I will leave the mounting height decision up to you and KDOT, because the guidance in this area is mixed. TTI received approval on the Yuma county system based on the 27” height. Thus, from the standpoint of FHWA eligibility, the 27” height has been recommended by both TTI and FHWA. As I noted in the previous email, the simulation effort we did for WisDOT showed found mixed results for the varying rail heights. Cody’s simulations of a 5,000 lb pickup truck on the 27” high Yuma county system with an 8’ radius that were conducted to validate the modeling effort found that the pickup was captured. However, a simulation of the a 4,409 lb pickup truck under the same impact conditions overrode the rail. Additionally, as we simulated larger radii at the 27” height, the 2000P vehicle vaulted over the guardrail in 100, 100, and 80 percent of impact conditions simulated for 24, 48, and 72 ft radii, respectively. Blockouts were added to the CRT posts, and the vaulting override rates were reduced to 80, 36, and 50 percent of simulated impact conditions for 24, 48, and 72 ft radii, respectively. Thus, while the 27” height was listed in the TTI report, our study found that it potentially may have capture issues with the higher CG vehicles. We also simulated 29” and 30” rail heights and found much better capture of the 2000P vehicle. However, increasing the rail height leads to concerns for small car underride which were not investigated in the WisDOT study. Thus, we noted that a 29” rail height might be a compromise, but further study was needed to ensure that small car underride was not an issue.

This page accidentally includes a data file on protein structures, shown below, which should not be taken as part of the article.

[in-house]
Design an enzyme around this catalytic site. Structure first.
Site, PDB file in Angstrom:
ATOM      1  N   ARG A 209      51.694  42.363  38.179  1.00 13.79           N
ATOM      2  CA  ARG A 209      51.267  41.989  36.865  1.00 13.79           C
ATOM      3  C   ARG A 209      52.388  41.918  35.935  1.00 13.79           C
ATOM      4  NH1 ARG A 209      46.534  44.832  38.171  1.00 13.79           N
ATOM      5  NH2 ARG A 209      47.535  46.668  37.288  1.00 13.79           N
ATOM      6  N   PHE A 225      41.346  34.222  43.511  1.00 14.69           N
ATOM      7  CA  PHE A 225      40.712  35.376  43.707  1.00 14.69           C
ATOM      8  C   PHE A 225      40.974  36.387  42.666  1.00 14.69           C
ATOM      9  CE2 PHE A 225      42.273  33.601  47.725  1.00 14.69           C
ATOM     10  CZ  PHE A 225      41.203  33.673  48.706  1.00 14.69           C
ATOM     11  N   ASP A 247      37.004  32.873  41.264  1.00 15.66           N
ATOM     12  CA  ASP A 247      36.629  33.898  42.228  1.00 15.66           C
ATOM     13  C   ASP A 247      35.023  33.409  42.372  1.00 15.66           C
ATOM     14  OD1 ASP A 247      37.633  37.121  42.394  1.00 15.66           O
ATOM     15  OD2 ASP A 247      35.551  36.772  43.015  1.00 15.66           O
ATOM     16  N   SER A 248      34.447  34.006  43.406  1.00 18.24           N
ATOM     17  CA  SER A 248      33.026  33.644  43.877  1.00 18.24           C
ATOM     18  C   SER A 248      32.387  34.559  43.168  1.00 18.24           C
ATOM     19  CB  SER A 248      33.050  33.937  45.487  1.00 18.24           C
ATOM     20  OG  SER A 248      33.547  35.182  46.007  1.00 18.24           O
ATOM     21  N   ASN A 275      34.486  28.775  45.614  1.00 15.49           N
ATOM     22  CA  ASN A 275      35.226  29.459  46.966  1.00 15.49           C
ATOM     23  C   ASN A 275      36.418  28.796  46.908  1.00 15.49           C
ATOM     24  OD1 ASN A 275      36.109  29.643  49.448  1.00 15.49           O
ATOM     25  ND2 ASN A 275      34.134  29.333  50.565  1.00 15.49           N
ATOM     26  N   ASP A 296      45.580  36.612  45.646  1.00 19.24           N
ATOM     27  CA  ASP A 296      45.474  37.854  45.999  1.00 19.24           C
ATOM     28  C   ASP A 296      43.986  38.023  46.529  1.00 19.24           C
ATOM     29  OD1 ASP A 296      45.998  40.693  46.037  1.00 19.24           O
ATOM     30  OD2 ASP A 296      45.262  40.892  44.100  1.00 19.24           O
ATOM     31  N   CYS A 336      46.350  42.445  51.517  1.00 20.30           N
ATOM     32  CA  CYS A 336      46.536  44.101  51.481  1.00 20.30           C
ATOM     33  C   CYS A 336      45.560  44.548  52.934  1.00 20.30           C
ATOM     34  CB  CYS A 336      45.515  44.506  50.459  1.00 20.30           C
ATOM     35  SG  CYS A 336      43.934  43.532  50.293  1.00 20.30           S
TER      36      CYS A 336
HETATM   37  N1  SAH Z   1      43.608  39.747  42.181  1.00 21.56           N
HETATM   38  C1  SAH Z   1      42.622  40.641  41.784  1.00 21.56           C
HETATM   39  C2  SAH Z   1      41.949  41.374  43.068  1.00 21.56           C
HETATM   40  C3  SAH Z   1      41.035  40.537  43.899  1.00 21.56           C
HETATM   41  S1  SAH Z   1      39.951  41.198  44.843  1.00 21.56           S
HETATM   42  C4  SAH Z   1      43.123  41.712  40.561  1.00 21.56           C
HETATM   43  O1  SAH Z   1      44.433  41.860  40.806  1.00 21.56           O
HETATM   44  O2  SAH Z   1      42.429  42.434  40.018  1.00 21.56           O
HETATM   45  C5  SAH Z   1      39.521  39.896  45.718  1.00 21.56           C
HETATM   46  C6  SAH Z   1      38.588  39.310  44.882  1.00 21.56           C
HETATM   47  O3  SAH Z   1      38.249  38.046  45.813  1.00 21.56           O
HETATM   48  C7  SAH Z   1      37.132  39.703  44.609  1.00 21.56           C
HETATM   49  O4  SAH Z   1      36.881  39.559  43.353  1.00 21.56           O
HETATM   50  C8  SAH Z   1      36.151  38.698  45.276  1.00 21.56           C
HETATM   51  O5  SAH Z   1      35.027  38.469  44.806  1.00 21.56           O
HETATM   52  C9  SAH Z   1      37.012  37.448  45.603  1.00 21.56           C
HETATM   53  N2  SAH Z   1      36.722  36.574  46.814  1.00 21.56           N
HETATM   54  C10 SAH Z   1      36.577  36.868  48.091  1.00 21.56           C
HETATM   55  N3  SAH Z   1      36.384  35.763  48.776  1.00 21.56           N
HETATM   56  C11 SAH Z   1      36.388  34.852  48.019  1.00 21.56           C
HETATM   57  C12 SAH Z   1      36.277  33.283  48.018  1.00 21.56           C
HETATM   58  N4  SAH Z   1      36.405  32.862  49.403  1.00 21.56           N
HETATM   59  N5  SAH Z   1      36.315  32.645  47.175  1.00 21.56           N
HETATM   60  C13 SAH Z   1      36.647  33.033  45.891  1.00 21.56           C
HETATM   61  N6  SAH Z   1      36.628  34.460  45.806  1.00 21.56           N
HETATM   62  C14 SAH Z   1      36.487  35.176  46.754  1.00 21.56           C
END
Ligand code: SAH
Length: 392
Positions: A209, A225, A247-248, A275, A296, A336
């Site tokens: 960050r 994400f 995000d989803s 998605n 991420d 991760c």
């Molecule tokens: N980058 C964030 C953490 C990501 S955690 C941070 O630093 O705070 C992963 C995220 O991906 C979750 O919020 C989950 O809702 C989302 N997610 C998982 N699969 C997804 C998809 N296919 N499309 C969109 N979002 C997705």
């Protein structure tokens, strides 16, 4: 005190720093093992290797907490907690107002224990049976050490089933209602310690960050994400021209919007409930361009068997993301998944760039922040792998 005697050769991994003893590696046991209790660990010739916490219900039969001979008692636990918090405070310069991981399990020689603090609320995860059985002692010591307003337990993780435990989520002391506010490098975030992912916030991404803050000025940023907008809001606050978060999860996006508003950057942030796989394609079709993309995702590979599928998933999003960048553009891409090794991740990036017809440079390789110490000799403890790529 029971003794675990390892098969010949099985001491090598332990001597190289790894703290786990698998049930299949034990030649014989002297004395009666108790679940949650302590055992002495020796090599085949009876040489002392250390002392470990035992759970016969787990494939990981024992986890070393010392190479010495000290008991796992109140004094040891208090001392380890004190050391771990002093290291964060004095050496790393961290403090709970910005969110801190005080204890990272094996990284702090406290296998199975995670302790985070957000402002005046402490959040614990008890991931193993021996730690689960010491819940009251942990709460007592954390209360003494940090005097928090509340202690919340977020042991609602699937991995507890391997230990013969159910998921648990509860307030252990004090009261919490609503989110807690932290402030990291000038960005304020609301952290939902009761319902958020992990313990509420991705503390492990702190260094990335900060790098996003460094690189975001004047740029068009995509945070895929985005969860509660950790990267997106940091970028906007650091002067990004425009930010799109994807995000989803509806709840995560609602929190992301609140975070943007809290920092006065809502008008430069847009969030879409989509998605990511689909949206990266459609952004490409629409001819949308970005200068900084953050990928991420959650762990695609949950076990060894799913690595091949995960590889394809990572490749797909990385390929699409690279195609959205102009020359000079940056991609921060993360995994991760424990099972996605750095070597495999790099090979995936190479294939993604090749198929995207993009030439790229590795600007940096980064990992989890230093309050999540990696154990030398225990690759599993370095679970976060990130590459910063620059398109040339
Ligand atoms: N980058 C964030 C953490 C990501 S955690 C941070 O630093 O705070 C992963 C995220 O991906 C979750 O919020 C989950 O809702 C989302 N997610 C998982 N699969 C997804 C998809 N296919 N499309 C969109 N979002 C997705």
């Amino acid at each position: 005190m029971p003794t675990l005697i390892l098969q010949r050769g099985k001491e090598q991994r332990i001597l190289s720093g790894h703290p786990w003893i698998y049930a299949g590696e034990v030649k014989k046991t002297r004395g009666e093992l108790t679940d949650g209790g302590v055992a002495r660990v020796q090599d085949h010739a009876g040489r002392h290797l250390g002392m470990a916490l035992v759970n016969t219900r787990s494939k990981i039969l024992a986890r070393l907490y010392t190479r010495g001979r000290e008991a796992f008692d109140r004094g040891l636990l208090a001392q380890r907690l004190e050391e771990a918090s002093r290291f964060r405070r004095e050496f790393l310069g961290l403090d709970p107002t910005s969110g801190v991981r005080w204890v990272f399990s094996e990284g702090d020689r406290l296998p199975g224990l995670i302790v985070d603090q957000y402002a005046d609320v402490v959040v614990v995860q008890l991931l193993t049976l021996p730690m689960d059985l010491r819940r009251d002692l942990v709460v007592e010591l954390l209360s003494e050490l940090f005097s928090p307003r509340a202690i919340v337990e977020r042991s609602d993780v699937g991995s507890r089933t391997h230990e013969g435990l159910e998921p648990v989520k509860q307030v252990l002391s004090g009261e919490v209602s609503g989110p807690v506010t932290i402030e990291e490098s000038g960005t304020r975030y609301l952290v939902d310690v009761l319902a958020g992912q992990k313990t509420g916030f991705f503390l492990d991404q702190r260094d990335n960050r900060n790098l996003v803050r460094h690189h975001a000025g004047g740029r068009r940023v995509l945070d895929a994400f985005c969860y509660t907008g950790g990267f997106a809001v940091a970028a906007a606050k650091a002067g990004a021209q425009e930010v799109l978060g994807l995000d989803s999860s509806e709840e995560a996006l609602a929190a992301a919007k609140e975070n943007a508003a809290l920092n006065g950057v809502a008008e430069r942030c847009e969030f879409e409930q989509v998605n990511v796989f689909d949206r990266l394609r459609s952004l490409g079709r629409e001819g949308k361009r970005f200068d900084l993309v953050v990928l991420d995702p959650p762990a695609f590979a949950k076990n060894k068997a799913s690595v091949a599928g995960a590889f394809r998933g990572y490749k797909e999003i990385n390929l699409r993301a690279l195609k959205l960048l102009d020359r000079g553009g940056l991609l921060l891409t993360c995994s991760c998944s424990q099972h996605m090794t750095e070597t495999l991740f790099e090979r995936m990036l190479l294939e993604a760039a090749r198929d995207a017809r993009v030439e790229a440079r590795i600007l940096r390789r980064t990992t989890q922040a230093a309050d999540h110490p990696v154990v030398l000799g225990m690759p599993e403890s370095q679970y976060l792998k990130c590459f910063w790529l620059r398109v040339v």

For you, the decision will be what level of variation from the TTI approved system you can tolerate. The work Cody did seems to suggest that increased rail heights are better for higher CG vehicles, but the concerns for small cars exist. That said, the TTI study was a paper study that did not test the Yuma system under the TL-2 impact conditions. So neither of the current guidance is founded in a solid crash test. I would think that the 28” height you propose is a minimal variation from the TTI system and may improve the high CG vehicle performance based on what we currently know.